British metal legends cement their reputation for surprise with album number 13
Last year Paradise Lost toured to celebrate their 25th anniversary. Quite when it happened that Paradise bloody Lost – who it only seems like a matter of months ago released a record called “One Second” (which actually came out in 1997, and contains in “Say Just Words” one of this reviewers top ten songs ever written) – got to be veterans, is another point for another day. What those shows did prove pretty much unequivocally was that however much under the radar they might fly to a certain extent, the body of work that PL have assembled over the years is pretty much unsurpassed in terms of its quality, but more than that, it’s the sheer dazzling breadth and scope of what they do.
They started in 1990 as a pretty much death metal band. By the mid 1990s that had bored them and they turned their hand to catchy doom with choruses, check out “The Last Time” from 1995’s “Draconian Times” if you haven’t heard it. Then, ever the ones for itchy feet, they tried their hand at what amounted to dark rock with “Host.”
More recently, there’s been a gradual return to their roots. The most recent “Tragic Idol” record was edging back towards the real heavy gothic doom they used to to create, and that continues with “The Plague Within.”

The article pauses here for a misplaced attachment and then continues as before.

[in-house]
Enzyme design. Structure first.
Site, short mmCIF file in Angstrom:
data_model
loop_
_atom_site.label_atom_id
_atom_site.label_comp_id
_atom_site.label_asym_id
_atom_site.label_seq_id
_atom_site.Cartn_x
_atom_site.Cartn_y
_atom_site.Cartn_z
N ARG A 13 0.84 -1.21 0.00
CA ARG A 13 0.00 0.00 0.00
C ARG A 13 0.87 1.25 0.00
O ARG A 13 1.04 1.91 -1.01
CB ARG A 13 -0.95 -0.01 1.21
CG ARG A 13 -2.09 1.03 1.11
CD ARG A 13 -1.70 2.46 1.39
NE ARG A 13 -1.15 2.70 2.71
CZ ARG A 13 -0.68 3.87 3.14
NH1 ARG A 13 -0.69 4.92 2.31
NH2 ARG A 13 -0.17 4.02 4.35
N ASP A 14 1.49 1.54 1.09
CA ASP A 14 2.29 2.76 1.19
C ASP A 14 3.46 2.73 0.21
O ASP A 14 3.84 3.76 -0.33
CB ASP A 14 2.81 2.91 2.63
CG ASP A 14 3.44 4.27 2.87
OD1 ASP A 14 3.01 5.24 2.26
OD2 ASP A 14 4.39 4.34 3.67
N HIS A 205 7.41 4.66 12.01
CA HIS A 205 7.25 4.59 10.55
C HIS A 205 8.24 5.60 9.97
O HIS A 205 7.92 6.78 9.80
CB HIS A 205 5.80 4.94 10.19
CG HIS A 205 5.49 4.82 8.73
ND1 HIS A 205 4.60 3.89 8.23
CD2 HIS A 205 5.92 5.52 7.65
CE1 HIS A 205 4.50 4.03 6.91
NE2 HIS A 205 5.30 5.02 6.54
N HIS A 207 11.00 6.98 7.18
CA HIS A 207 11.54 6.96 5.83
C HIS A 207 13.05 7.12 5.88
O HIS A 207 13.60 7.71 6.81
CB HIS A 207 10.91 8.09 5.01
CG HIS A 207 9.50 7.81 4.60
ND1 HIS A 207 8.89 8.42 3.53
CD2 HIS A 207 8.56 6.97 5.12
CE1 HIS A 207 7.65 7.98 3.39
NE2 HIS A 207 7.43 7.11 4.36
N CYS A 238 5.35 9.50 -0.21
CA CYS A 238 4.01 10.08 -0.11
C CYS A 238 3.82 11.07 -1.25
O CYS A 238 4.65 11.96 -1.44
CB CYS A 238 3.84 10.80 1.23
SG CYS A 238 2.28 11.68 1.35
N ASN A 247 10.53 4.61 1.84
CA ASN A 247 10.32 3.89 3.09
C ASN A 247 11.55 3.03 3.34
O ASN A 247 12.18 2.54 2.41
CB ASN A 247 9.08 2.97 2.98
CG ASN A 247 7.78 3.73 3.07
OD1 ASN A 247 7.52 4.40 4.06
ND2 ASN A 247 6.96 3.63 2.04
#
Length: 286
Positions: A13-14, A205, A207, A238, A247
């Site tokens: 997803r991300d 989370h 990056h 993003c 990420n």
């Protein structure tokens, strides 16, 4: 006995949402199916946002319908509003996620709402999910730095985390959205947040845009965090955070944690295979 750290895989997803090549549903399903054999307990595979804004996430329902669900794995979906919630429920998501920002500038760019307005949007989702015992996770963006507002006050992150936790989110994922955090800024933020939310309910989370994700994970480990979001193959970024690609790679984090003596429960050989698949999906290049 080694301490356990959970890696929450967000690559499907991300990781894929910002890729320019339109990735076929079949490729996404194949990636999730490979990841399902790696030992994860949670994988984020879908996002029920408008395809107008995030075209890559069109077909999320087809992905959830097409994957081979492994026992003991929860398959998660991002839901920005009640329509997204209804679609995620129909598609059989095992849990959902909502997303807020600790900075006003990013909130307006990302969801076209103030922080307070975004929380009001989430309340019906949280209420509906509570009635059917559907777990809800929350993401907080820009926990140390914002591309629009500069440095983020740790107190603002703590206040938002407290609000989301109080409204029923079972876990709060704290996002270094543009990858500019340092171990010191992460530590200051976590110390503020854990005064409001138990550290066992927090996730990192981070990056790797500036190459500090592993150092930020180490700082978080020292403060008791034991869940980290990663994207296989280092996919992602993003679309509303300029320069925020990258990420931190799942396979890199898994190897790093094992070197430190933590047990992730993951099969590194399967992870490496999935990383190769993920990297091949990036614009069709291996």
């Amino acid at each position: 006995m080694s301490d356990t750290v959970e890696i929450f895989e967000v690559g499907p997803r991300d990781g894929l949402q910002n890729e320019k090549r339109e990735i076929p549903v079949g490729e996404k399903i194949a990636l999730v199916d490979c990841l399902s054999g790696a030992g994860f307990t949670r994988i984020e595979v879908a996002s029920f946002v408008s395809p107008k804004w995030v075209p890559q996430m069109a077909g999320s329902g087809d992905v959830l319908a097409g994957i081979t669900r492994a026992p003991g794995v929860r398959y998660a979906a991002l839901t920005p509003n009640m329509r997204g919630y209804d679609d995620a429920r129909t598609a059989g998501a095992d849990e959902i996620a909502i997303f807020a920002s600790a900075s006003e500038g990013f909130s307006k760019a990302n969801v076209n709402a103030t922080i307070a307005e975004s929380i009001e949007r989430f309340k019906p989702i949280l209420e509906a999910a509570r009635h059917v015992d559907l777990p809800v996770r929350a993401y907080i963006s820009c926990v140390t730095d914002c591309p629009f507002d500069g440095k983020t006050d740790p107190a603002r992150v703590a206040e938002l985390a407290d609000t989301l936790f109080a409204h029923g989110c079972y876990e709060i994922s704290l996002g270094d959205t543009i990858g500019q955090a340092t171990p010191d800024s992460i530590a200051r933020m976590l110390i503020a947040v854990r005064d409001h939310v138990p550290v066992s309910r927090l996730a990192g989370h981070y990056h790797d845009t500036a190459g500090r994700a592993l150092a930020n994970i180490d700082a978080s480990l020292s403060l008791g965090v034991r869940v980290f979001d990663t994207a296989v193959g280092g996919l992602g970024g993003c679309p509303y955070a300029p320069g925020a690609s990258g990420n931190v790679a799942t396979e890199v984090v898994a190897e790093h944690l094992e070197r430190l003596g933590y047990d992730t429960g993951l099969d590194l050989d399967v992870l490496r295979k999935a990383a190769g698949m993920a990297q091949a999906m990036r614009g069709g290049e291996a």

Maybe it’s because guitarist Gregor McKintosh has his own death metal band in Vallenfyre, or maybe it’s because of singer Nick Holmes’ work in Swedish deathsters Bloodbath, but there is a real back to basics feel here.
It starts pretty much as you’d expect. “No Hope In Sight” builds nicely and ploughs so pretty much the same furrow as their most recent work – but listen carefully and there are clues. Holmes’ vocals in the chorus are perhaps a touch more harsh than they’ve been for a while for example, the riffs slightly lower.
But then, as if to prove that this is a meaner, heavier PL, “Terminal” comes in on a gale-force amount bluster as Holmes growls menacingly, as if he’d rip you limb from limb given half a chance. This is no one-off, either. Towards the end of the album, the band decide to unleash arguably their fastest song – certainly of the last 20 years. “Flesh From Bone” would perhaps see them pegged as a black metal band if they were new or gave a shit about such things. At this point in their careers, though, you feel Paradise Lost have just gone on to the studio to see what works and to hell with expectations.
Elsewhere, and at the other end of the scale, there is frequent use of orchestral arrangements and “Eternity Of Lies” takes this idea and fleshes it out along with female backing singers to add a haunting quality to what is a fabulous track, likewise the slow building, monolithic brew of “Sacrifice Through Time” is unsettling and superb.
Almost as if to prove to the current young crop of doom influenced bands they can still cut it, the veterans decide to reclaim their crown with the incredible “Victims Of The Past” and “Punishment Through Time” is the best thing on offer here, with its chugging, gallop – which on a collection as strong as this makes it exceptional.
Bands who have been around for a quarter of a century or more aren’t supposed to challenge themselves, they aren’t supposed to challenge their audience – and they definitely aren’t supposed to come up with an album of the year contender.
But then, most bands aren’t Paradise Lost.